Monday, December 05, 2011
Written by Chad
Normally we celebrate the birth of Walt Disney today, but before cutting the cake, I'm not sure how to say this... I've uncovered something big. Bigger than you and me. Who knows how long they've been here, but there are hundreds of them. And they keep cropping up all around us every day. What's more, they're scattered all over town, hidden in plain view like Easter eggs.
Only attentive eyes dare to squint beyond the smoggy bottleneck traffic and crowded sidewalks to discern the secret treasures of this magic kingdom. But what could they mean? What secret code can be deciphered from this street art? Could these Mickey Mouse paintings be the instruments of revolution? The truth has only begun to unravel.
Our first question is who. One man with too much down time? An occult society of vintage cartoon enthusiasts? Right off the bat, we can eliminate Walt Disney himself from the list of candidates, since the scattershot artistic quality of each piece belies his proven mastery of the craft. Clearly these scrawlings hardly conform to Da Vinci's style, so we can also rule him out as the perpetrator. That leaves the rest of humanity as potential suspects.
If your correspondent were a paid investigative journalist, he might have interviewed someone to identify the makers of these curious gems, but, alas, his full-time job pays a fraction of minimum wage. Thus, his daily diet remains spaghetti-centric, and the artists' identities remain as shrouded in mystery as ever, joining the enigmatic ranks of such artists as Banksy. All that we can deduce about these anonymous imitators is their stylistic tastes. They exploit mid-twentieth-century American pop culture with the same savage disregard for copyright infringement as Andy Warhol. However, Mr. Warhol, like Disney and Da Vinci, is also long dead, bringing us back to square one.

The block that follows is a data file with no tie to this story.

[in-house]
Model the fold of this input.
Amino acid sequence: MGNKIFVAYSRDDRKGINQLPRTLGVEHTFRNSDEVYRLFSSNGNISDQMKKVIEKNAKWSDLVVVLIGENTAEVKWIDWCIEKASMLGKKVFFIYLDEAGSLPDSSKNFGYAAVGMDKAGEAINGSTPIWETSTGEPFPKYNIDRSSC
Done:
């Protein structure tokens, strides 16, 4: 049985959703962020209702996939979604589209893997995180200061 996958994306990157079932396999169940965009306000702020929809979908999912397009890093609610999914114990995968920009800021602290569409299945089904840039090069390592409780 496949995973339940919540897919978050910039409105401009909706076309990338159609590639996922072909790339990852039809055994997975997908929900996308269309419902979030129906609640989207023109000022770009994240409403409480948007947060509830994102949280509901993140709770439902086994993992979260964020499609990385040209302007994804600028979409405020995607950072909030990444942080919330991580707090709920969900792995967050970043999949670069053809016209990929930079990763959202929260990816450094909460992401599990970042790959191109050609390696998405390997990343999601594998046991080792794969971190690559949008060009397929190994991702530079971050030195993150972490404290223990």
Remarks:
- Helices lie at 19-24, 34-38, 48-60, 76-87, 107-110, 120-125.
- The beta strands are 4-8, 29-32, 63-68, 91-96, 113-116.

Our second question is why. What merits and motivates the propagation of these Disney art perversions? Maybe we're witnessing the initial brush strokes of some kind of worldwide art movement. Maybe we're looking at random acts of vandalism from wannabe mousekateers. How long has this been going on? Centuries? Is paranoia a side effect of my malaria medicine?
Now, answer me this. Why have the artists chosen to use phone kiosks, restaurant signs, awnings, alleyway walls, and tire flaps as their canvases? And why is this phenomenon so prevalent in major West African cities? Not only has it taken root in Banfora—just take a gander around in Bobo-Dioulasso or Ouagadougou. I guarantee you'll chance upon at least one signature pair of giant circular ears. It's haunting.
So anyway, that's all I have for now—but my walls are covered in newspaper clippings and yarn, and I continue to dedicate sleepless nights to cracking this puzzle. If you get any leads, make sure no one is following you and call me from a payphone by night. I've got a hunch we're on to something.
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